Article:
If an employee cannot carry out their job, does an employer have to allow them in to work?

Key Points 
  • If an employee is unable to perform all their duties, (excepting workers compensation situations) an employer will generally be permitted to send their employee home until the employee can and - sometimes - they may not have to pay them.  
  • In the alternative, depending upon their contract, the employer can assign the employee alternate tasks to perform.  
  • Importantly, the employer - not the employee - gets to choose which option works best for the business.

If you are an employer, reading Fair Work Commission (FWC) decisions can be very depressing.  Too often, the FWC is unwilling to hold employees responsible for their poor (or worse) decision making.  Indeed, the FWC will often hold employers responsible for managing the consequences of even the most egregious employee misconduct.   Meanwhile, such employees seem to escape any repercussions.

In that context, a recent decision of the FWC is a 'breath of fresh air' for employers.  The FWC actually held an employee accountable for its poor choices.  It decided that an employer was not liable to pay a worker where he was unable - due to his own stupidity - to carry out his full duties.

This matter concerned a BHP Biliton driver. In 2016, the employee’s driver’s licence was suspended for non-payment of fines. Since his Employment Agreement required him to maintain a valid driver’s licence, his supervisor directed him not to work until the suspension ended.

The employee then applied for compensation during this non-work period.

The FWC made a mess of the initial decision, but got it right on appeal!

The issue was whether the employee was entitled to payment during this period. 

The FWC initially ordered the employer to pay the employee for the relevant period. However, on appeal, the FWC Full Bench overturned this decision.

Decisions by employees in their private lives can have consequences for them at work

The initial FWC decision allowed the employee to evade responsibility because the Deputy President misinterpreted an employer’s right to assign alternative work as an obligation to do so.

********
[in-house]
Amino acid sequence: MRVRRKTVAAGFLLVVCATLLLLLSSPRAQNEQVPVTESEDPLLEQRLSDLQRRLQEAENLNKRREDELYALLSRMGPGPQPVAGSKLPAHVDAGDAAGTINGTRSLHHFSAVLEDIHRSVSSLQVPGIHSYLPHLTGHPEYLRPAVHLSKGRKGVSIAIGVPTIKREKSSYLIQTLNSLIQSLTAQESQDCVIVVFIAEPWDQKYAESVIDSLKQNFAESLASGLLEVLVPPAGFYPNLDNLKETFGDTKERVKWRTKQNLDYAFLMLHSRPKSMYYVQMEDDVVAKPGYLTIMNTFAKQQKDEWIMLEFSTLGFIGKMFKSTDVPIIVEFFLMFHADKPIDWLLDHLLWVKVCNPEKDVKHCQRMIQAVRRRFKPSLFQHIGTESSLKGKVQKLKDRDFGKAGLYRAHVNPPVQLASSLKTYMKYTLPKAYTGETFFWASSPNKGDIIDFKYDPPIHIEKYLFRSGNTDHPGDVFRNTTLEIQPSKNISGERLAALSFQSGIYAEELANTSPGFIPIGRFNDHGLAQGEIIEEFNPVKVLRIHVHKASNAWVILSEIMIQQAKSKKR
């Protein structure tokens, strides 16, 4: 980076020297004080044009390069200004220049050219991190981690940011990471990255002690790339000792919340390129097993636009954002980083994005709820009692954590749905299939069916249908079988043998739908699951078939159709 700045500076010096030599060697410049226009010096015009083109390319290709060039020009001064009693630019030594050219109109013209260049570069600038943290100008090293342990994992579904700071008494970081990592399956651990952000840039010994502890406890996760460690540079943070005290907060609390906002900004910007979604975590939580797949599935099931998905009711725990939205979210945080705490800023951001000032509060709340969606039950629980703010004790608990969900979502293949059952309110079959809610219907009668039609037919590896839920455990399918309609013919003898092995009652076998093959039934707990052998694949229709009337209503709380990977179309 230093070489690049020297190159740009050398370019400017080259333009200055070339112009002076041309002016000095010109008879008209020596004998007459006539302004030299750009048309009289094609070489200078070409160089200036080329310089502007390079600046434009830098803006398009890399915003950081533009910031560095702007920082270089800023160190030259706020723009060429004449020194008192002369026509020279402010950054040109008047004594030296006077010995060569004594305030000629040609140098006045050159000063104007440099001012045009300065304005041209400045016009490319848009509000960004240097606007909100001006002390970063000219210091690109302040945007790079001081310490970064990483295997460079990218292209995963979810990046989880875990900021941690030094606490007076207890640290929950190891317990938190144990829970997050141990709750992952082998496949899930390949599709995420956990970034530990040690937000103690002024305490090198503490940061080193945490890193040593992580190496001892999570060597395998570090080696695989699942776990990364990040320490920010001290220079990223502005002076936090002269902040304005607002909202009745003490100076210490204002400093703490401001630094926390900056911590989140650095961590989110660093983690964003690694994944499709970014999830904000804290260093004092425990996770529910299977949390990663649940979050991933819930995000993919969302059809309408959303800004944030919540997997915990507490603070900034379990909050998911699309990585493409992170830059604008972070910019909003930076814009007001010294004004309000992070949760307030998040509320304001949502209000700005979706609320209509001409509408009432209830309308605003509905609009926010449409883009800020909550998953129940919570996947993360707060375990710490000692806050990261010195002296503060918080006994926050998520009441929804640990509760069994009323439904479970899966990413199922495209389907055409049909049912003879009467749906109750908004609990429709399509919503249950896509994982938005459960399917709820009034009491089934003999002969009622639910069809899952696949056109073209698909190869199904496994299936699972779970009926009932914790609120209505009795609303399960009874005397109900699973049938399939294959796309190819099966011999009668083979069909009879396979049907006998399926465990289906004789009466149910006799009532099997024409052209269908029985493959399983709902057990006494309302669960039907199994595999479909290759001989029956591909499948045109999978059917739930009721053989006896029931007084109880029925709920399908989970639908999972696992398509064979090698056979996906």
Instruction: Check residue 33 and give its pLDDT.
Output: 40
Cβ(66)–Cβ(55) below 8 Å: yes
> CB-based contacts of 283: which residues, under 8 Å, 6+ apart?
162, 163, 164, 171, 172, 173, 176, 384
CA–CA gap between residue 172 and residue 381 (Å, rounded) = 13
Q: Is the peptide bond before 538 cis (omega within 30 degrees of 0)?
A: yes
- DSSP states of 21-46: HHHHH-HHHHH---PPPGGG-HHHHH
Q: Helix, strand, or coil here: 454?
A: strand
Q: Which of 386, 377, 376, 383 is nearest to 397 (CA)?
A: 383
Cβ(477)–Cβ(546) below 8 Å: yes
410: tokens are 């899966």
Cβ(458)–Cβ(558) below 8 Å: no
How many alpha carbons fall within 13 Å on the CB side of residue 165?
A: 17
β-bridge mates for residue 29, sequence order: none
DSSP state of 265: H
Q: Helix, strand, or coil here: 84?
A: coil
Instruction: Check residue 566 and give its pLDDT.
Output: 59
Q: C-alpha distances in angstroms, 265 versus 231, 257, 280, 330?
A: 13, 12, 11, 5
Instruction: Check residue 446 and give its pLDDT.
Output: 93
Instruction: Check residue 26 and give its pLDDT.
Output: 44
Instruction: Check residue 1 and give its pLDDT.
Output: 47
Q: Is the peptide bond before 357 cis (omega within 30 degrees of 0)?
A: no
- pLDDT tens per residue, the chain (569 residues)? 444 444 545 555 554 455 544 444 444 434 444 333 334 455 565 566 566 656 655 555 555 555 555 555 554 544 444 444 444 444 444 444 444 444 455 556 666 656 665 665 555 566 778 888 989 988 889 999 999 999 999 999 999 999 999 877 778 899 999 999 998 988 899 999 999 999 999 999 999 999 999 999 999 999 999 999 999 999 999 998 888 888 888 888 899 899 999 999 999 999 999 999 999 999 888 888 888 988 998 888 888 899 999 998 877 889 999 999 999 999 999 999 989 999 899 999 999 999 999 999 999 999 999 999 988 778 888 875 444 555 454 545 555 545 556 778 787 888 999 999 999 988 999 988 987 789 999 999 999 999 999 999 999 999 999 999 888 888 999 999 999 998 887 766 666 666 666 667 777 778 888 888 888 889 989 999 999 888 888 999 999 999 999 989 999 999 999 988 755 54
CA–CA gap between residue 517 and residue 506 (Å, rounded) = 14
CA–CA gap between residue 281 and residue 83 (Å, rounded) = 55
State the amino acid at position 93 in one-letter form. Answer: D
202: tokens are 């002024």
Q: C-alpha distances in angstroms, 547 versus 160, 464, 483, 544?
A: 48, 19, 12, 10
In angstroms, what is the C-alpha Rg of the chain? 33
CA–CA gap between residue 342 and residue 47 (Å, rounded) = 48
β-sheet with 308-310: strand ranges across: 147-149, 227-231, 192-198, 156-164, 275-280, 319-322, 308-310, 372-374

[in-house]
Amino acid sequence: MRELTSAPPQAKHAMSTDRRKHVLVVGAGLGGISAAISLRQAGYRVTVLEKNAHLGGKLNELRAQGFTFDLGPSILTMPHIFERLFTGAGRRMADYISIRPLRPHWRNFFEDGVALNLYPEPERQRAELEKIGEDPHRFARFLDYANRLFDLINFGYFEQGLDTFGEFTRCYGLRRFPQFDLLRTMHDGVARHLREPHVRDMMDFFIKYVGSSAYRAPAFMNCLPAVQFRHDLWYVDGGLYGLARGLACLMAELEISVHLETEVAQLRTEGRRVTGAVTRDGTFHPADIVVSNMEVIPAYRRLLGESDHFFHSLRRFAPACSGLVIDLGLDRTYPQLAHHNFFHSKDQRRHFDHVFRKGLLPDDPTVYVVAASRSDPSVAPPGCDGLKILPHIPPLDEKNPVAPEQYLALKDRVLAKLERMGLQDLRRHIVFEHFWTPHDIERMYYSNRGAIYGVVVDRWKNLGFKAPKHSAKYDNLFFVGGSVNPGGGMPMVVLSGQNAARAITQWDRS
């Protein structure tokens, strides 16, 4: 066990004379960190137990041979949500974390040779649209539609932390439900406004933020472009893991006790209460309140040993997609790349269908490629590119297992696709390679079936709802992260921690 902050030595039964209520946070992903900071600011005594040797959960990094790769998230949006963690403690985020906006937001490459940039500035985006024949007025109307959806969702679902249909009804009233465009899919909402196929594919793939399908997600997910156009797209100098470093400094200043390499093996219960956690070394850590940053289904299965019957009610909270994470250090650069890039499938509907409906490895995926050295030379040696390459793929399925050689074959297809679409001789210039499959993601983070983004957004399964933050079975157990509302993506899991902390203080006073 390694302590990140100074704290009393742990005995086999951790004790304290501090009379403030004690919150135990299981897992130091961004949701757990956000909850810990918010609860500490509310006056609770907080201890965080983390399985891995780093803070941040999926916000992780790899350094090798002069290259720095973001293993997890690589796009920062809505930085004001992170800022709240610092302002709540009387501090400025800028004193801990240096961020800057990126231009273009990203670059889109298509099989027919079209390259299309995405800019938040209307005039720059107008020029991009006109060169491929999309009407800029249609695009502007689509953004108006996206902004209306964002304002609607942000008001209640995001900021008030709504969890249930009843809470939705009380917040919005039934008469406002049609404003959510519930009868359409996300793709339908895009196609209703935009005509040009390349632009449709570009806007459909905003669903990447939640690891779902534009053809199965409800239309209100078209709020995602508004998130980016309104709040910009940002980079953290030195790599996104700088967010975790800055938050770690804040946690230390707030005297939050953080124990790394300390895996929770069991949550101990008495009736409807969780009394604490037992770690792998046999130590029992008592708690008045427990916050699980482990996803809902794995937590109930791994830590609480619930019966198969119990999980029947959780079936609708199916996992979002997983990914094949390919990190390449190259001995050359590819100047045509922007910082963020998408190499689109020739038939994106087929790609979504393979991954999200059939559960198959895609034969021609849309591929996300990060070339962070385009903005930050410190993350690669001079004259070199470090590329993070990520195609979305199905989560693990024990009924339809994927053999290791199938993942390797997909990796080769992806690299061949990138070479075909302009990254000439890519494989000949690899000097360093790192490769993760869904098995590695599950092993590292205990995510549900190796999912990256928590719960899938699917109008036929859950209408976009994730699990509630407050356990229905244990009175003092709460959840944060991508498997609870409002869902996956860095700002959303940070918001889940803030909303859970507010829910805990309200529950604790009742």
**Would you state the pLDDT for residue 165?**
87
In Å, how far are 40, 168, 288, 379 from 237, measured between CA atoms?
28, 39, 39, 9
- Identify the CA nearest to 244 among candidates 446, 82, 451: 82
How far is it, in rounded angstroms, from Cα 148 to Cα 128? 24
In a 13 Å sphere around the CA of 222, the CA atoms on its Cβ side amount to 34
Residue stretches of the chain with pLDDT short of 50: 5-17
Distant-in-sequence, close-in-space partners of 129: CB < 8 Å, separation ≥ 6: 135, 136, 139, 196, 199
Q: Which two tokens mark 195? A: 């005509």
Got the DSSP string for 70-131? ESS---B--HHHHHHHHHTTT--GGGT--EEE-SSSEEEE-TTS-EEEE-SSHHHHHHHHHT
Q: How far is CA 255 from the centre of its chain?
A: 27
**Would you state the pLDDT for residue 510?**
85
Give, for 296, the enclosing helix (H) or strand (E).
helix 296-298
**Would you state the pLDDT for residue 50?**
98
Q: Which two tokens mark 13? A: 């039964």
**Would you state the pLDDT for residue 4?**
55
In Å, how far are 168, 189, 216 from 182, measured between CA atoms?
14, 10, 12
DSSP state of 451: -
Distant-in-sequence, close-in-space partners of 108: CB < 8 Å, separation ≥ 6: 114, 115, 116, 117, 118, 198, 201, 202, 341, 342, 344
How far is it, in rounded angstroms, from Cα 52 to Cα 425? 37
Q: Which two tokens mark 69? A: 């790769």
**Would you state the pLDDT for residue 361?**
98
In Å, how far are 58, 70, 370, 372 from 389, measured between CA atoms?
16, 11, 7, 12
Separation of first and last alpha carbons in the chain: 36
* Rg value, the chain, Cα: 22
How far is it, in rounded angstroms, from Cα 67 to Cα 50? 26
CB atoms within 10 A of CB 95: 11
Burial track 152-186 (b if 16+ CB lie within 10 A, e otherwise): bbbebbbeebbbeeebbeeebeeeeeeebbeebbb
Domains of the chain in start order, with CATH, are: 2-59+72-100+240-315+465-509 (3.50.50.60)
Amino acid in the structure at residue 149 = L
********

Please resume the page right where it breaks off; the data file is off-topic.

However, the Full Bench decided that this contractual clause merely widened the potential scope of an employee’s duties and did not impose a requirement on the employer to provide the employee alternative work.

So, since the employer did not have additional work, and the employee was unable to carry out his usual duties, he was not entitled to payment.

Personal responsibility for employees may be diminished – but it is not dead

This decision has shone a light through the fog of employment law, making employees responsible for their actions.

The FWC compared this situation to where an employee is intoxicated at work, because although the employee will be excused from work, the employer will not have to pay it for time off.

This does not always mean that the employer is able to terminate the employee, especially where they are unwell (even if it was due to their own stupidity).

However, in our experience, where an employee ceases to be paid – they often resign.

Yet, it is great news for employers as they do not have to bear the consequences of employees making poor choices in their private lives. 

Post by Warwick Ryan 

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